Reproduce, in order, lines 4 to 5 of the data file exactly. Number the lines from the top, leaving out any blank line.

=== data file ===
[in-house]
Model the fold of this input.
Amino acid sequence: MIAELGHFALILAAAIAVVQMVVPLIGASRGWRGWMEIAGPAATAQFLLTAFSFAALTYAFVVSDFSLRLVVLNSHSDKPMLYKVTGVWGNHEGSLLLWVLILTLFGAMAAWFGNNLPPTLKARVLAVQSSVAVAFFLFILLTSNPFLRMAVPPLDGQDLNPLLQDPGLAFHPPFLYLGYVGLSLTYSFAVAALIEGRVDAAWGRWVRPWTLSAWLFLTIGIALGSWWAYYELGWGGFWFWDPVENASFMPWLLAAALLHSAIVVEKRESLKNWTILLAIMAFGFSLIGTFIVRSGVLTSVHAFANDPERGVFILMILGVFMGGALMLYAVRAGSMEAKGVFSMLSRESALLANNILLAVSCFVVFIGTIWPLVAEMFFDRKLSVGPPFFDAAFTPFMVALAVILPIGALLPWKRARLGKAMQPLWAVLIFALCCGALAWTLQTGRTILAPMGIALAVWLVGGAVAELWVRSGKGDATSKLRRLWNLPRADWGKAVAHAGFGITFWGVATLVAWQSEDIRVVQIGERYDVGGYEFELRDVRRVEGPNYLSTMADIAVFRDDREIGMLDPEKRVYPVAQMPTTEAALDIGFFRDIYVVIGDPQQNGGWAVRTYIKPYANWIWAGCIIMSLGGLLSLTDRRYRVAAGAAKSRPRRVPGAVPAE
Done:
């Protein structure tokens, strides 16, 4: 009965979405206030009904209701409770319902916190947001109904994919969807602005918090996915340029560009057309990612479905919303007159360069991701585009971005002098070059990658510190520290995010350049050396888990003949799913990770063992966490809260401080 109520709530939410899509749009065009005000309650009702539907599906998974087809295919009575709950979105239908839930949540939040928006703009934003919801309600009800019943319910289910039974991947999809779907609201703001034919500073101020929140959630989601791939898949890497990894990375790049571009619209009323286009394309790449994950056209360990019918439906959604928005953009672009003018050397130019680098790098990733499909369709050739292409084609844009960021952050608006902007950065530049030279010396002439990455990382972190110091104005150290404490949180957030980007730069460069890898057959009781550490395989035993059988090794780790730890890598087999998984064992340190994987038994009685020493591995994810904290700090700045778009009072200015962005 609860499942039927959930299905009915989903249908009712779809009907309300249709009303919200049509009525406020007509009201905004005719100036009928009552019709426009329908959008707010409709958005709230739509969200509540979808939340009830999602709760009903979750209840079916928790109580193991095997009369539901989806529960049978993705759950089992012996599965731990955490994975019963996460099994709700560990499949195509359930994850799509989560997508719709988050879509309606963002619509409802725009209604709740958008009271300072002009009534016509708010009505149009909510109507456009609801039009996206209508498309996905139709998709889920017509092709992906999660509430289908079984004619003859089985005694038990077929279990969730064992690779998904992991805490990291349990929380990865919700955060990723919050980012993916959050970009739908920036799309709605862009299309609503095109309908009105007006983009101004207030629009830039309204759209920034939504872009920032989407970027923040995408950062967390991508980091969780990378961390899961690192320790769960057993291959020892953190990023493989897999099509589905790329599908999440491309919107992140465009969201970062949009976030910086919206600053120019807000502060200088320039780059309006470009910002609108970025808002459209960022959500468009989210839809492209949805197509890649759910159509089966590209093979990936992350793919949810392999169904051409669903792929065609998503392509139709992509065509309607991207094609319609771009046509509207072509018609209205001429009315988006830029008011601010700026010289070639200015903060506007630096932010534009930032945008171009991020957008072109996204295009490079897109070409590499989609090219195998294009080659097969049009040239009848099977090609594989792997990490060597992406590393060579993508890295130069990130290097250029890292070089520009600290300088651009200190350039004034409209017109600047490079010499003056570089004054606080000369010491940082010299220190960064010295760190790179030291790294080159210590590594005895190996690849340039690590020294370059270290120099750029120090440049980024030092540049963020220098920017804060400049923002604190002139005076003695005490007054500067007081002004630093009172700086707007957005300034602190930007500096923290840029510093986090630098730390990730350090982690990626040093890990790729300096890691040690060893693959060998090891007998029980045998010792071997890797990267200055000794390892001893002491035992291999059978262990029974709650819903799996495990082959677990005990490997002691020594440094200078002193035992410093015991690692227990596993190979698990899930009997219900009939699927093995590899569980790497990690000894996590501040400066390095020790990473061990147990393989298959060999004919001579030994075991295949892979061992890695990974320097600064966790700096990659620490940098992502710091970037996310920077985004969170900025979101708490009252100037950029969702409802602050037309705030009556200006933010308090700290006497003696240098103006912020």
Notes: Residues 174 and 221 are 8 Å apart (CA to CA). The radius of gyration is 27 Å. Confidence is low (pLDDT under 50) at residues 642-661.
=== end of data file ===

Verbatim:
Done:
């Protein structure tokens, strides 16, 4: 009965979405206030009904209701409770319902916190947001109904994919969807602005918090996915340029560009057309990612479905919303007159360069991701585009971005002098070059990658510190520290995010350049050396888990003949799913990770063992966490809260401080 109520709530939410899509749009065009005000309650009702539907599906998974087809295919009575709950979105239908839930949540939040928006703009934003919801309600009800019943319910289910039974991947999809779907609201703001034919500073101020929140959630989601791939898949890497990894990375790049571009619209009323286009394309790449994950056209360990019918439906959604928005953009672009003018050397130019680098790098990733499909369709050739292409084609844009960021952050608006902007950065530049030279010396002439990455990382972190110091104005150290404490949180957030980007730069460069890898057959009781550490395989035993059988090794780790730890890598087999998984064992340190994987038994009685020493591995994810904290700090700045778009009072200015962005 609860499942039927959930299905009915989903249908009712779809009907309300249709009303919200049509009525406020007509009201905004005719100036009928009552019709426009329908959008707010409709958005709230739509969200509540979808939340009830999602709760009903979750209840079916928790109580193991095997009369539901989806529960049978993705759950089992012996599965731990955490994975019963996460099994709700560990499949195509359930994850799509989560997508719709988050879509309606963002619509409802725009209604709740958008009271300072002009009534016509708010009505149009909510109507456009609801039009996206209508498309996905139709998709889920017509092709992906999660509430289908079984004619003859089985005694038990077929279990969730064992690779998904992991805490990291349990929380990865919700955060990723919050980012993916959050970009739908920036799309709605862009299309609503095109309908009105007006983009101004207030629009830039309204759209920034939504872009920032989407970027923040995408950062967390991508980091969780990378961390899961690192320790769960057993291959020892953190990023493989897999099509589905790329599908999440491309919107992140465009969201970062949009976030910086919206600053120019807000502060200088320039780059309006470009910002609108970025808002459209960022959500468009989210839809492209949805197509890649759910159509089966590209093979990936992350793919949810392999169904051409669903792929065609998503392509139709992509065509309607991207094609319609771009046509509207072509018609209205001429009315988006830029008011601010700026010289070639200015903060506007630096932010534009930032945008171009991020957008072109996204295009490079897109070409590499989609090219195998294009080659097969049009040239009848099977090609594989792997990490060597992406590393060579993508890295130069990130290097250029890292070089520009600290300088651009200190350039004034409209017109600047490079010499003056570089004054606080000369010491940082010299220190960064010295760190790179030291790294080159210590590594005895190996690849340039690590020294370059270290120099750029120090440049980024030092540049963020220098920017804060400049923002604190002139005076003695005490007054500067007081002004630093009172700086707007957005300034602190930007500096923290840029510093986090630098730390990730350090982690990626040093890990790729300096890691040690060893693959060998090891007998029980045998010792071997890797990267200055000794390892001893002491035992291999059978262990029974709650819903799996495990082959677990005990490997002691020594440094200078002193035992410093015991690692227990596993190979698990899930009997219900009939699927093995590899569980790497990690000894996590501040400066390095020790990473061990147990393989298959060999004919001579030994075991295949892979061992890695990974320097600064966790700096990659620490940098992502710091970037996310920077985004969170900025979101708490009252100037950029969702409802602050037309705030009556200006933010308090700290006497003696240098103006912020």